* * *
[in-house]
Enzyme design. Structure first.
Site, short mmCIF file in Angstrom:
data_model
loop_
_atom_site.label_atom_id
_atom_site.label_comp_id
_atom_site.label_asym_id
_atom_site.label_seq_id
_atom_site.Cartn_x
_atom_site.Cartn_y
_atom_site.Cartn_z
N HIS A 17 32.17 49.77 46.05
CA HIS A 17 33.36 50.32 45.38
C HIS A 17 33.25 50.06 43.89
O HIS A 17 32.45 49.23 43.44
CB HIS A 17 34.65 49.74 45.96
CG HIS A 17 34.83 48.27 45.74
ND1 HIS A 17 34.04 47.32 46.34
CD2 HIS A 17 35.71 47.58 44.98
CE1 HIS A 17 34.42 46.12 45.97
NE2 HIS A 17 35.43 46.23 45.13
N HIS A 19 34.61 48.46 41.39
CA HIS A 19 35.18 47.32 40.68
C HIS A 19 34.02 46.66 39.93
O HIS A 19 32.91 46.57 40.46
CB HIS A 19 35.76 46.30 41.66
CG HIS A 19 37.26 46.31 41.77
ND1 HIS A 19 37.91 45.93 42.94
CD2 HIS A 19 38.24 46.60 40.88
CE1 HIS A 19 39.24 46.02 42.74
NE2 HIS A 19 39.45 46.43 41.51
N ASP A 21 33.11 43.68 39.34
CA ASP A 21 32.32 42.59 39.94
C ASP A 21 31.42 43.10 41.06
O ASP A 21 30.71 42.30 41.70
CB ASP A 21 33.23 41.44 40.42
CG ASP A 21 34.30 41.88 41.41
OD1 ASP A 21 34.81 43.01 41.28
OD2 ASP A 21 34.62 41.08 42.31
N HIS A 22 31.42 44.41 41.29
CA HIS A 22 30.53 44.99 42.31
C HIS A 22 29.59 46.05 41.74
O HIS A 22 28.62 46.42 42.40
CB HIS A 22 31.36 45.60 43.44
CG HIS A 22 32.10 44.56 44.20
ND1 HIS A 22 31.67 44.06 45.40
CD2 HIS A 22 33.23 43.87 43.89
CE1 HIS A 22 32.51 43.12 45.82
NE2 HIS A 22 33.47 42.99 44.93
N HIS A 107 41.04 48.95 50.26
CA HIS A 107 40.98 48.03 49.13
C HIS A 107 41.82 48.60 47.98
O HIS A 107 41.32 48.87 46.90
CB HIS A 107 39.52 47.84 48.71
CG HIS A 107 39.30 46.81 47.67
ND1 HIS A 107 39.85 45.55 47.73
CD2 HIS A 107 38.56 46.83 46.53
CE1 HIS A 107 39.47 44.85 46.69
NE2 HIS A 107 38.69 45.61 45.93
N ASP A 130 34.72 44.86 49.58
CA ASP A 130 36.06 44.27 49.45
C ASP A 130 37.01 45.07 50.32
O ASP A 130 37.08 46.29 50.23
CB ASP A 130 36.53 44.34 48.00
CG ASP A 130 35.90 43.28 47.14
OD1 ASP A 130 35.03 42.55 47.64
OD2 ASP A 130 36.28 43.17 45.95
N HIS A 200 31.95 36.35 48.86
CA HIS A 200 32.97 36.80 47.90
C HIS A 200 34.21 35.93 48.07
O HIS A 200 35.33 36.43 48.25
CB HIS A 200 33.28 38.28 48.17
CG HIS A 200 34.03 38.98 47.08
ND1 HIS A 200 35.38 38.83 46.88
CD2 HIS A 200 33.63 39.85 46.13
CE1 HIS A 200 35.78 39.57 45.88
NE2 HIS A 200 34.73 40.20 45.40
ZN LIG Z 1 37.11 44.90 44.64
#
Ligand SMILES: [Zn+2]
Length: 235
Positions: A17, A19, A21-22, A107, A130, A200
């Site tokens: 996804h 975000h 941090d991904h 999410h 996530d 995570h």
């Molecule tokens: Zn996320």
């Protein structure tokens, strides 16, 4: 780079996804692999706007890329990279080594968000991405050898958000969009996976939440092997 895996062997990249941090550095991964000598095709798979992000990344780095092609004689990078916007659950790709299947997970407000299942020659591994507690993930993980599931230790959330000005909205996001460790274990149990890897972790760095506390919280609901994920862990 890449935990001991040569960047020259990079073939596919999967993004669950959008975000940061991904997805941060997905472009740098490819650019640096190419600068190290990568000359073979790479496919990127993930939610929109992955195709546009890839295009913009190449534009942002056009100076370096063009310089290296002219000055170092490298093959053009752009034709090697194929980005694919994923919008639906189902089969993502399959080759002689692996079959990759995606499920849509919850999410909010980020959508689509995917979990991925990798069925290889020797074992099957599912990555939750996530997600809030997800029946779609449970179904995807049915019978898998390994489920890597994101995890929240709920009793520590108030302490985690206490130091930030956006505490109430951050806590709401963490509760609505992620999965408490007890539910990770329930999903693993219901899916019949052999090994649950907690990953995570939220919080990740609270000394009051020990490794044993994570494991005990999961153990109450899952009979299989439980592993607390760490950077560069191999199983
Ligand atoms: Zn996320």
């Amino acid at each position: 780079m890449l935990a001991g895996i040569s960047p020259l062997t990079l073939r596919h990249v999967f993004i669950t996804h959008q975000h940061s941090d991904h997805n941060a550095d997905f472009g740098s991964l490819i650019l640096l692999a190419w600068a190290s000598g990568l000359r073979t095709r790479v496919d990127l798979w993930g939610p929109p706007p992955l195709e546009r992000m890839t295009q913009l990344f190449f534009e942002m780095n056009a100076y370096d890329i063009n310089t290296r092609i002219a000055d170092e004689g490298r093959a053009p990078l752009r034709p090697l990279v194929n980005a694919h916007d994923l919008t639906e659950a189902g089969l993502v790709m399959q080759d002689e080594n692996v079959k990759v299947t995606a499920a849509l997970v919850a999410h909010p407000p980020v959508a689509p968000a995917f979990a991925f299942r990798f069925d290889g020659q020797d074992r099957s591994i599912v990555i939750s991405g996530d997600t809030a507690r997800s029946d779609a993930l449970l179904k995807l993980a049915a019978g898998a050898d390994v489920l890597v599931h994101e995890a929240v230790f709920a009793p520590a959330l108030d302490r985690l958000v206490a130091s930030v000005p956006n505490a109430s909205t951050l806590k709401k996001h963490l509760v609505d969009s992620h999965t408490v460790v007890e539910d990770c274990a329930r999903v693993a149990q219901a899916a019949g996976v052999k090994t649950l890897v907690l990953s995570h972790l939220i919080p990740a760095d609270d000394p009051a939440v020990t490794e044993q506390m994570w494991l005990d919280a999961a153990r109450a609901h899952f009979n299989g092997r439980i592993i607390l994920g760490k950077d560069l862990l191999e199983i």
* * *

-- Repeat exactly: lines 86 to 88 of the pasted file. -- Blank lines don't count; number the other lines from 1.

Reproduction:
């Protein structure tokens, strides 16, 4: 780079996804692999706007890329990279080594968000991405050898958000969009996976939440092997 895996062997990249941090550095991964000598095709798979992000990344780095092609004689990078916007659950790709299947997970407000299942020659591994507690993930993980599931230790959330000005909205996001460790274990149990890897972790760095506390919280609901994920862990 890449935990001991040569960047020259990079073939596919999967993004669950959008975000940061991904997805941060997905472009740098490819650019640096190419600068190290990568000359073979790479496919990127993930939610929109992955195709546009890839295009913009190449534009942002056009100076370096063009310089290296002219000055170092490298093959053009752009034709090697194929980005694919994923919008639906189902089969993502399959080759002689692996079959990759995606499920849509919850999410909010980020959508689509995917979990991925990798069925290889020797074992099957599912990555939750996530997600809030997800029946779609449970179904995807049915019978898998390994489920890597994101995890929240709920009793520590108030302490985690206490130091930030956006505490109430951050806590709401963490509760609505992620999965408490007890539910990770329930999903693993219901899916019949052999090994649950907690990953995570939220919080990740609270000394009051020990490794044993994570494991005990999961153990109450899952009979299989439980592993607390760490950077560069191999199983
Ligand atoms: Zn996320």
């Amino acid at each position: 780079m890449l935990a001991g895996i040569s960047p020259l062997t990079l073939r596919h990249v999967f993004i669950t996804h959008q975000h940061s941090d991904h997805n941060a550095d997905f472009g740098s991964l490819i650019l640096l692999a190419w600068a190290s000598g990568l000359r073979t095709r790479v496919d990127l798979w993930g939610p929109p706007p992955l195709e546009r992000m890839t295009q913009l990344f190449f534009e942002m780095n056009a100076y370096d890329i063009n310089t290296r092609i002219a000055d170092e004689g490298r093959a053009p990078l752009r034709p090697l990279v194929n980005a694919h916007d994923l919008t639906e659950a189902g089969l993502v790709m399959q080759d002689e080594n692996v079959k990759v299947t995606a499920a849509l997970v919850a999410h909010p407000p980020v959508a689509p968000a995917f979990a991925f299942r990798f069925d290889g020659q020797d074992r099957s591994i599912v990555i939750s991405g996530d997600t809030a507690r997800s029946d779609a993930l449970l179904k995807l993980a049915a019978g898998a050898d390994v489920l890597v599931h994101e995890a929240v230790f709920a009793p520590a959330l108030d302490r985690l958000v206490a130091s930030v000005p956006n505490a109430s909205t951050l806590k709401k996001h963490l509760v609505d969009s992620h999965t408490v460790v007890e539910d990770c274990a329930r999903v693993a149990q219901a899916a019949g996976v052999k090994t649950l890897v907690l990953s995570h972790l939220i919080p990740a760095d609270d000394p009051a939440v020990t490794e044993q506390m994570w494991l005990d919280a999961a153990r109450a609901h899952f009979n299989g092997r439980i592993i607390l994920g760490k950077d560069l862990l191999e199983i």